It might have been this aspect of the story that partially inspired JM Coetzee to write his novel “Foe” which is an alternative version to the Crusoe story, but from a woman’s perspective. I also read this while on staying on Kastellorizo. The novel is narrated by Susan, a woman who washes up on Crusoe’s island and lives for a time with Crusoe and Friday before they are all rescued. Crusoe dies on the journey back to England. Most of the book is about Susan’s attempts to get Daniel Defoe to write the story of their time on the island hoping it will become a big seller and help her escape poverty. There are many crucial differences between Susan’s story and the one which Defoe ultimately wrote and which we in the real world know. One being that Friday is physically mute because his tongue was cut out (by slavers or Crusoe himself we never actually know). Coetzee might be saying by this that Friday’s story is one which can’t be told and that his story is in fact much more interesting than Crusoe’s. He notes: “On the sorrows of Friday… a story entire of itself might be built; whereas from the indifference of Cruso there is little to be squeezed.” This and all the other differing details symbolize the difficulty of the existing text of “Robinson Crusoe” with its imperial ideas and problematic issues about slavery. It’s an interesting play on the original and Coetzee is a compelling writer to read, but my lasting impression of the short novel “Foe” is that it is more an intellectual exercise than an impactful story.

The last third of the book is mostly a debate about the nature of storytelling between Susan and Defoe. Some of this was very interesting as it explores where the self exists within the written work. I was particularly taken with how Defoe concedes: “In every story there is silence, some sight concealed, some word unspoken, I believe. Till we have spoken the unspoken we have not come to the heart of the story.” As if behind all the stories we tell there are underlying ideologies which aren’t spelled out specifically, but which we must try to define with language if we’re to be truthful to our ideas. Susan sees Defoe as the master of language she needs to tell her story in a way the public will find palatable. But Defoe wants Susan to tell her own story and they try and fail to get Friday to tell his in writing. It left me with quite a sombre feeling about the succession of knowledge by those who control the power over those who cannot impart their experience.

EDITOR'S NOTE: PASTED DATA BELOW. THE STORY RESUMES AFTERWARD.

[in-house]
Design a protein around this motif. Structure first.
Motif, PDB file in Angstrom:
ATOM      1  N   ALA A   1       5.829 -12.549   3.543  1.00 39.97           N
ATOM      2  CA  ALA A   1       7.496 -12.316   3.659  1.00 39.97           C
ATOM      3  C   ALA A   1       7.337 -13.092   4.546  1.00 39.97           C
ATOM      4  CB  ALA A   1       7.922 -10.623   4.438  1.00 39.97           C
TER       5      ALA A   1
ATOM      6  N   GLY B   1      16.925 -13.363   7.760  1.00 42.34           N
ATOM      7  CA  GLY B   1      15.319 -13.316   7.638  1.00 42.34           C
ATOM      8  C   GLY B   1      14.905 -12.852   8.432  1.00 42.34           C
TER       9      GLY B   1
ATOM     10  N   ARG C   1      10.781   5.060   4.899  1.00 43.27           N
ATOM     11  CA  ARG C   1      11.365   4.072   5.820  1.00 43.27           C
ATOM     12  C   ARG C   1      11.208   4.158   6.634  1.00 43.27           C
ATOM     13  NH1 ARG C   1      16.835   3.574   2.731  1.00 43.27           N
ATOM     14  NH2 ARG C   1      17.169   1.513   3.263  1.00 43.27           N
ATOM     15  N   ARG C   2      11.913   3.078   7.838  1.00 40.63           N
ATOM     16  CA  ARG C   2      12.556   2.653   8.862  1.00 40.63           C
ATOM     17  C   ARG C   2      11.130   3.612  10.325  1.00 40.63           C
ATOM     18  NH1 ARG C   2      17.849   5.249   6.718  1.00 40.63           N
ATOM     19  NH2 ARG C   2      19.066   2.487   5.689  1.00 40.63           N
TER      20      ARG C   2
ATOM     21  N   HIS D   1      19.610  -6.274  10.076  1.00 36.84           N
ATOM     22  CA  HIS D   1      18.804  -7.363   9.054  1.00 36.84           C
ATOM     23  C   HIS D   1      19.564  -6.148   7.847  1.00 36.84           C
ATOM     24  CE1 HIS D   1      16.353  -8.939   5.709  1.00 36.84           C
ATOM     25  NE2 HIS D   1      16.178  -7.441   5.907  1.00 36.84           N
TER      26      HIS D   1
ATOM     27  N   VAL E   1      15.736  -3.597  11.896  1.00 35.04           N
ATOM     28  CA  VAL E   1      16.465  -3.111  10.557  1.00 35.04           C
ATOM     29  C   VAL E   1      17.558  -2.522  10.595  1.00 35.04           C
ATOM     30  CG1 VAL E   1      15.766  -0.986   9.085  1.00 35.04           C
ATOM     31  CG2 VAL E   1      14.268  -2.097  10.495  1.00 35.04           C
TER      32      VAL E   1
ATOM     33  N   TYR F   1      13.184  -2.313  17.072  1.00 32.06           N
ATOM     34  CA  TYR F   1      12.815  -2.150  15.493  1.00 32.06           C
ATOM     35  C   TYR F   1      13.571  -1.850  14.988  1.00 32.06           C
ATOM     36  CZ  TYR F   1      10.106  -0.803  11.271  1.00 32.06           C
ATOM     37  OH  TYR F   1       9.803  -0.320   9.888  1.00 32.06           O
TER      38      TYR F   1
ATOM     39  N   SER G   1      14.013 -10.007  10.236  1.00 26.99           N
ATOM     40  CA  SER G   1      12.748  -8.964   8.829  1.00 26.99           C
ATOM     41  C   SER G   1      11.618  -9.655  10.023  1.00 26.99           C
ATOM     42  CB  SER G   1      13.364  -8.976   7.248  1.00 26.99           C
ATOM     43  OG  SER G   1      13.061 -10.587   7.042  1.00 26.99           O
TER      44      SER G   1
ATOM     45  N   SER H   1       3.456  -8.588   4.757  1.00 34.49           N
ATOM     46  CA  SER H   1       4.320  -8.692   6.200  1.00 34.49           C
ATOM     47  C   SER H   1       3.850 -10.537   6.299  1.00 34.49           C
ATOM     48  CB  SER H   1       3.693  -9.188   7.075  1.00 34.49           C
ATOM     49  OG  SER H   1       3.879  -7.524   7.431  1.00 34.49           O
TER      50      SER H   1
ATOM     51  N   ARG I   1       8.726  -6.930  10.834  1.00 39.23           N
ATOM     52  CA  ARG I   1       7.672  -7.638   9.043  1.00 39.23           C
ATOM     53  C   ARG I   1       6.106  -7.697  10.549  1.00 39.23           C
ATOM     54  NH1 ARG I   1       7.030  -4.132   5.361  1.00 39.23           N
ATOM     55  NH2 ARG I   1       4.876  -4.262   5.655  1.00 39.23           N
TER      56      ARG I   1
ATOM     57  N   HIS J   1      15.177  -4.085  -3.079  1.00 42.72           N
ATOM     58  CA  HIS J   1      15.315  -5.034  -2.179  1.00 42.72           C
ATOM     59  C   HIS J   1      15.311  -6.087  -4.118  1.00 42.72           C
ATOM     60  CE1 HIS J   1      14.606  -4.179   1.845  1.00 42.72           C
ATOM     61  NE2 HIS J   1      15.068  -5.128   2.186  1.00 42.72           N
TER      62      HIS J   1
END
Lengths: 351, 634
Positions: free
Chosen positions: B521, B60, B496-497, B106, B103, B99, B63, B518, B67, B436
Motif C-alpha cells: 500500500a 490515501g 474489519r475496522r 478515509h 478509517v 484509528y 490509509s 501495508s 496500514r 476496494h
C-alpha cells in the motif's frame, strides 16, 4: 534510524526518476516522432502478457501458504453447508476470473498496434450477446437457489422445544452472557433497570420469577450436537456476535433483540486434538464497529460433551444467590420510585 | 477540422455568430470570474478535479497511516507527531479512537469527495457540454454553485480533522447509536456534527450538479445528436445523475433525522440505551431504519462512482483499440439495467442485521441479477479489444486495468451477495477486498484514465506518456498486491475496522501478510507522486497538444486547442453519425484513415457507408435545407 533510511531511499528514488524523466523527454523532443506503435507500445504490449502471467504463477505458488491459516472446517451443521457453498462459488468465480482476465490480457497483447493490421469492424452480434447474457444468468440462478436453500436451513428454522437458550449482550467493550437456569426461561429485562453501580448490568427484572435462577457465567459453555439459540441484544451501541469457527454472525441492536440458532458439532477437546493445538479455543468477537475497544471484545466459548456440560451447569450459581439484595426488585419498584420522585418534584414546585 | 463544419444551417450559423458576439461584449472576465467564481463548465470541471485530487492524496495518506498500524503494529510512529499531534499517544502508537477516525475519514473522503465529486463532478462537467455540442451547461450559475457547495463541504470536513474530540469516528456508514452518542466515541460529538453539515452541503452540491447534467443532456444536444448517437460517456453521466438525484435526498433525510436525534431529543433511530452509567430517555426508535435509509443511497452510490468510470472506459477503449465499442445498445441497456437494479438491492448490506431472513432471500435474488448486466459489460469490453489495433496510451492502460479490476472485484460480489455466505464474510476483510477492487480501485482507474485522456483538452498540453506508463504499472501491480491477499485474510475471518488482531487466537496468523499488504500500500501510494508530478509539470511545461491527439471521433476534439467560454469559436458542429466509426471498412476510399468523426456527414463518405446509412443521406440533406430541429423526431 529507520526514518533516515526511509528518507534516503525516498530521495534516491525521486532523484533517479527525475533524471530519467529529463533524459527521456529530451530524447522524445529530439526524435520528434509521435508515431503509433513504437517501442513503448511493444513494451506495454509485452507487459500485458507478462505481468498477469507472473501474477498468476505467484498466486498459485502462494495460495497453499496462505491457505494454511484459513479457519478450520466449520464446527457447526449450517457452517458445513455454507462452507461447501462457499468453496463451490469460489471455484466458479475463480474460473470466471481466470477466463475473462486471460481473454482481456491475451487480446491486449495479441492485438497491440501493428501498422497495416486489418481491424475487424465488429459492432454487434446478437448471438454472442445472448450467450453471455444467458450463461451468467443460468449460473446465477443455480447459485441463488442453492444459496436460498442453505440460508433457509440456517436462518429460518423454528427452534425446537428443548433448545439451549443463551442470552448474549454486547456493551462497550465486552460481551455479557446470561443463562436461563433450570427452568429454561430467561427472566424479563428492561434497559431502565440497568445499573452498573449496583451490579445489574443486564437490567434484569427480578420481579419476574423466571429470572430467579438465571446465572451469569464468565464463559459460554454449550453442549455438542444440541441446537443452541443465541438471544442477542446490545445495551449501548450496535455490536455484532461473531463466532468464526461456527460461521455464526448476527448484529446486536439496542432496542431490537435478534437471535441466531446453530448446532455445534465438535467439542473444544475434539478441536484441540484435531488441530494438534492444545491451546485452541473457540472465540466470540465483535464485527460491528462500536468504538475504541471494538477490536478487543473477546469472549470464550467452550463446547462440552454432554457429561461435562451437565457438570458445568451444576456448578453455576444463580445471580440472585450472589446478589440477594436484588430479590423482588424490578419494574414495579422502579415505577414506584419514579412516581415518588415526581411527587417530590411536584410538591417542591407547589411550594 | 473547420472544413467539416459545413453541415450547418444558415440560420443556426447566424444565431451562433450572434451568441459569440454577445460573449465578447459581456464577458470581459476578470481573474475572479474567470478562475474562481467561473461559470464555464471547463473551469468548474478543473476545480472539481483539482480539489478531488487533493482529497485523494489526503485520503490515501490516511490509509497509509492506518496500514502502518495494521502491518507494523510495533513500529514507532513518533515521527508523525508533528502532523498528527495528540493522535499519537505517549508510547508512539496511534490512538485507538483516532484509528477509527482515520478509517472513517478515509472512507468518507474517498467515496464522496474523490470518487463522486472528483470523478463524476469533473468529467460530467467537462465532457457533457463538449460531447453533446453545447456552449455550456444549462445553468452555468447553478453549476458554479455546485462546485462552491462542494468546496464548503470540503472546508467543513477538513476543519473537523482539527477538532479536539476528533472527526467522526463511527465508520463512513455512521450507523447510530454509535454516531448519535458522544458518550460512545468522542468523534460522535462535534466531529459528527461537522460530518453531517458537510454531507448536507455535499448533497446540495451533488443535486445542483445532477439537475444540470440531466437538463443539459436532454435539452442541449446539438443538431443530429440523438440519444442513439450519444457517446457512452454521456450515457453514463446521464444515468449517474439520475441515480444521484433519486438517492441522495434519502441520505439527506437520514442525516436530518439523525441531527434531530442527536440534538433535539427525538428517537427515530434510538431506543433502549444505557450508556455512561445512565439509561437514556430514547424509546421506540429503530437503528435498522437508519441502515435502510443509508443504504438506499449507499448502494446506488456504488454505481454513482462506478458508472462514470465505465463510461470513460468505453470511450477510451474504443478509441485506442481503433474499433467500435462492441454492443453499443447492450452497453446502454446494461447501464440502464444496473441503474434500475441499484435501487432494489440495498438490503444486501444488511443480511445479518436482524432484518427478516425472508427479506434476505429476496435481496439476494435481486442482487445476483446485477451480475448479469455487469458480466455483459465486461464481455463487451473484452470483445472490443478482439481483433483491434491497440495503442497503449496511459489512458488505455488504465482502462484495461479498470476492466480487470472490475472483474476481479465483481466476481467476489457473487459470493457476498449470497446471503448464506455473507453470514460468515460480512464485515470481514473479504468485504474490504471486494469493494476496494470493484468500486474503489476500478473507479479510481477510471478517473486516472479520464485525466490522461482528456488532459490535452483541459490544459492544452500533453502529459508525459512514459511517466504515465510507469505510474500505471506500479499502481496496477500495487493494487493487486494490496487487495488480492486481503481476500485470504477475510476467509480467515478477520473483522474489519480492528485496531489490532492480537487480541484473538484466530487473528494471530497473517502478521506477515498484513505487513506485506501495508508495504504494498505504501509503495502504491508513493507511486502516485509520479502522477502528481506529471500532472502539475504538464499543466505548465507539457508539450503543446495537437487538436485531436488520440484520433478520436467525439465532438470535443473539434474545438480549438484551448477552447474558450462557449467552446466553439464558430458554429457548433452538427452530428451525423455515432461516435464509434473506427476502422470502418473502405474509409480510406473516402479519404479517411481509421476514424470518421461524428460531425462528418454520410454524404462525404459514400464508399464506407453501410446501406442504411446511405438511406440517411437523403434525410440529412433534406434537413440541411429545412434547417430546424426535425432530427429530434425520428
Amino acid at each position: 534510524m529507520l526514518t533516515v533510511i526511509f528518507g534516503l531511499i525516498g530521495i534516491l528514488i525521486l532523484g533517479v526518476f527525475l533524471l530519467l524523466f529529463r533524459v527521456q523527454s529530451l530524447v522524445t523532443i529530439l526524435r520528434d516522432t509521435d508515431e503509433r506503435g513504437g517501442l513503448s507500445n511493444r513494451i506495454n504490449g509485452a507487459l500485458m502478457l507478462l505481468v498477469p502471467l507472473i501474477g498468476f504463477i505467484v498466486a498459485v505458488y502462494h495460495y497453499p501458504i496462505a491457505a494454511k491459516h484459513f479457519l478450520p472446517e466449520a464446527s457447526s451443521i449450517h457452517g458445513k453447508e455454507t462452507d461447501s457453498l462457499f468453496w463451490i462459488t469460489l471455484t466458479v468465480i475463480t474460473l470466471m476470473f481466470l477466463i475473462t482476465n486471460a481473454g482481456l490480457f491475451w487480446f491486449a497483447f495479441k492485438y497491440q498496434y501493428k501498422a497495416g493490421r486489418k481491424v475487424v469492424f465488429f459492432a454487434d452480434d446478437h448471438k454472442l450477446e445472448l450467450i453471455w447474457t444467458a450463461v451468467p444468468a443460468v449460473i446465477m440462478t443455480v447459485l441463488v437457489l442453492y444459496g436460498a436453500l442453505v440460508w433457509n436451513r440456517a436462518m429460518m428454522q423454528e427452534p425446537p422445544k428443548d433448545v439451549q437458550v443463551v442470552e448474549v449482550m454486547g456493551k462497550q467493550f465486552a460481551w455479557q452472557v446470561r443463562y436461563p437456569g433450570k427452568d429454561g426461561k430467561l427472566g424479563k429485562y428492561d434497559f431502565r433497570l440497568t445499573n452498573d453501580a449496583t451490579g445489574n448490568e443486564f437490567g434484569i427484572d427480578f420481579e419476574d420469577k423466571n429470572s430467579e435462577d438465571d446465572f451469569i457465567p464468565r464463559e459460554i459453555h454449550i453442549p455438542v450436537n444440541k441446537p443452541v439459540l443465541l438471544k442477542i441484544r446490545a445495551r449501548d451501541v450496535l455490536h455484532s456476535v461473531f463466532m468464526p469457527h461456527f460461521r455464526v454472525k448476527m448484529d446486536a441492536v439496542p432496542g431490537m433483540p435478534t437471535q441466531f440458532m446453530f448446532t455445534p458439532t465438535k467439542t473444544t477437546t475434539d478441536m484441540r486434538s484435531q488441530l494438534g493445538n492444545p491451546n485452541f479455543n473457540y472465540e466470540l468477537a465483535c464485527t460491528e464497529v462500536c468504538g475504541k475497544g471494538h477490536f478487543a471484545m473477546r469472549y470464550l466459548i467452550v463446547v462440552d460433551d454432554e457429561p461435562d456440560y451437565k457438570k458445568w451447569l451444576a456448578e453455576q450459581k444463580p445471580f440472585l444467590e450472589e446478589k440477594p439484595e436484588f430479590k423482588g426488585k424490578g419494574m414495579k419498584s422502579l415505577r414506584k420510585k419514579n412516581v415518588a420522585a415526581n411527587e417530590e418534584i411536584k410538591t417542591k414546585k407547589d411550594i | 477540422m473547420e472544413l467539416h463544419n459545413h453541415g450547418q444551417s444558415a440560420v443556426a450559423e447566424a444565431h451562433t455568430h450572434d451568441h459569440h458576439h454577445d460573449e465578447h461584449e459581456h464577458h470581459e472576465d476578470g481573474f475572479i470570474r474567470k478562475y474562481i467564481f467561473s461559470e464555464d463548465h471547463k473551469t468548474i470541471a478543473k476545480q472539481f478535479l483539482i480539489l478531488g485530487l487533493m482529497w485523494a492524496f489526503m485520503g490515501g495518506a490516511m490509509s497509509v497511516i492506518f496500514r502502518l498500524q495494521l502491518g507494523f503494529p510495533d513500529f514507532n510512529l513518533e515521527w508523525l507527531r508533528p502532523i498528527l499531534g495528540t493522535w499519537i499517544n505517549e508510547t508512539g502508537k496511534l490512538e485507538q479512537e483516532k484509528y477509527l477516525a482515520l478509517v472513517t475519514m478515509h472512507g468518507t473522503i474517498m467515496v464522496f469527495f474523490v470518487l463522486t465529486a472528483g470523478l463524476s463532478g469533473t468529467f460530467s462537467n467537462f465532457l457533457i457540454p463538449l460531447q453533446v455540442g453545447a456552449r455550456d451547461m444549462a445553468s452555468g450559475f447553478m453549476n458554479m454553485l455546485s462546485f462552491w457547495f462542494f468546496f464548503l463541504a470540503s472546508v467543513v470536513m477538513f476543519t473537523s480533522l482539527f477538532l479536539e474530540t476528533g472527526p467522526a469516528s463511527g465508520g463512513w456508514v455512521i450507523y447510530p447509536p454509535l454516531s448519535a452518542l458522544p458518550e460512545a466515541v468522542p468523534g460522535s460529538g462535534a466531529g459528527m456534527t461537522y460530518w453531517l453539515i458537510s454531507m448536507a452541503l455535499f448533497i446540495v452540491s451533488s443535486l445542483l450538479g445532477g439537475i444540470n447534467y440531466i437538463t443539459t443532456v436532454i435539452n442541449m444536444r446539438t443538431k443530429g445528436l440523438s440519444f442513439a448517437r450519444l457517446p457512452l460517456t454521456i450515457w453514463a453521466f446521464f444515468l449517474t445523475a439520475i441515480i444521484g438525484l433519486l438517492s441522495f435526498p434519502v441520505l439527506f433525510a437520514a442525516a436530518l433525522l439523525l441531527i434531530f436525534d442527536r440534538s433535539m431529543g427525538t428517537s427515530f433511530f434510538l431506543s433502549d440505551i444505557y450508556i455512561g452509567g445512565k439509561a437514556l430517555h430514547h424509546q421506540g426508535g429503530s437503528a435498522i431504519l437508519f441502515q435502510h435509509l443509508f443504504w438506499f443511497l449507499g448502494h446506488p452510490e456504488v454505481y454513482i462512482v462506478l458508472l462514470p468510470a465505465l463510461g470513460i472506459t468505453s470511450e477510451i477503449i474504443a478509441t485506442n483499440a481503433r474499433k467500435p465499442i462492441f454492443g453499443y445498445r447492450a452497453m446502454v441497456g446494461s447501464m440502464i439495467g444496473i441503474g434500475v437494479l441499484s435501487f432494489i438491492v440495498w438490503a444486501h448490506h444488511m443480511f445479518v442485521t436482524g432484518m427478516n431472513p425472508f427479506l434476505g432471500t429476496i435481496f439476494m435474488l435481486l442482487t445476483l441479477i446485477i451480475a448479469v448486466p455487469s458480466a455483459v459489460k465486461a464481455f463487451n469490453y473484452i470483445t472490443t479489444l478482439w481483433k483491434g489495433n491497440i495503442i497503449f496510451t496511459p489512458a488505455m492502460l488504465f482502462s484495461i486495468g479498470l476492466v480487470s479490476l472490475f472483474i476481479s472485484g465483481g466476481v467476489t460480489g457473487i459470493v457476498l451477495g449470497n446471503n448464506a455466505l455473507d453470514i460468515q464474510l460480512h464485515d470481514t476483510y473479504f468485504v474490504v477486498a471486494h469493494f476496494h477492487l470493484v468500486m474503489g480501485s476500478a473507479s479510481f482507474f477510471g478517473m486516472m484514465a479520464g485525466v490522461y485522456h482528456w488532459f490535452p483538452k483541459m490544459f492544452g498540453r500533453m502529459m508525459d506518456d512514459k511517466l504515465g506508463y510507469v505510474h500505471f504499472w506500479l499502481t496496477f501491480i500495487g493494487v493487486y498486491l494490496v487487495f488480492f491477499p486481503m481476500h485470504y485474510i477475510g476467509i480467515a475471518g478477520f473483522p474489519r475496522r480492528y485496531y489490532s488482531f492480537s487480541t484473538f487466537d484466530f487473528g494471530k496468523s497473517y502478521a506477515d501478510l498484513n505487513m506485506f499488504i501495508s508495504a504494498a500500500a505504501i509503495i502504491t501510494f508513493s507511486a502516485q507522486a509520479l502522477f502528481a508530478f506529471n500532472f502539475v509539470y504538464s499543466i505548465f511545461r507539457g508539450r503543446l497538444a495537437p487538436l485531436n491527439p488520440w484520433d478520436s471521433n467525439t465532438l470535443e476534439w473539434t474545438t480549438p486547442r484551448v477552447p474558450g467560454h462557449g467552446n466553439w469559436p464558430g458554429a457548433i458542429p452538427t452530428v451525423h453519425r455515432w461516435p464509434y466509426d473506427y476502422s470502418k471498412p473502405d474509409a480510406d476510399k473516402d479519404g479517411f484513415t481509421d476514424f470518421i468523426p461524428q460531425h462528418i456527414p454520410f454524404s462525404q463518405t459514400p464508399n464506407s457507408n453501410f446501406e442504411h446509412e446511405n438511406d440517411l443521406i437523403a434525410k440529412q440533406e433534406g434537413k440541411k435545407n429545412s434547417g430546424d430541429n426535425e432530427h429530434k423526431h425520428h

I read a couple of other island novels while away, but I’ll deal with those in separate blog posts if I can since this entry is already so long. Spending time on Kastellorizo gave me time for some inward quiet contemplation. The state of being on an island is that of taking on a circumscribed state of mind and becoming hyperaware of the isolated self. It is, of course, possible to feel very alone in a big city but you are constantly aware that you are amongst the great mechanical process of society. It’s so easy to defer one’s goals and excuse your own lack of accomplishments because of the impediments of being lost in the greater system of civilization. Whereas, being physically on an island all that exists is your own agency. In “Foe” Coetzee writes that “the danger of island life, the danger of which Cruso said never a word, was the danger of abiding sleep.” Alone on an island you know there is no expectation or need to do anything but meet your own basic needs. You can sleep your life away. Who would know? It’s interesting that sometimes we need the expectations of others or what we believe in our minds to be the expectations of other people to prompt us to industriously use our time. Maybe nobody will ever read this blog entry of mine. But would I bother writing this blog if I didn’t think there was the possibility it might be read? The potential that someone might come across our footprint in the sand (to steal a famous image from “Crusoe”) might be the only impetus a person can have to not drift into endless slumber.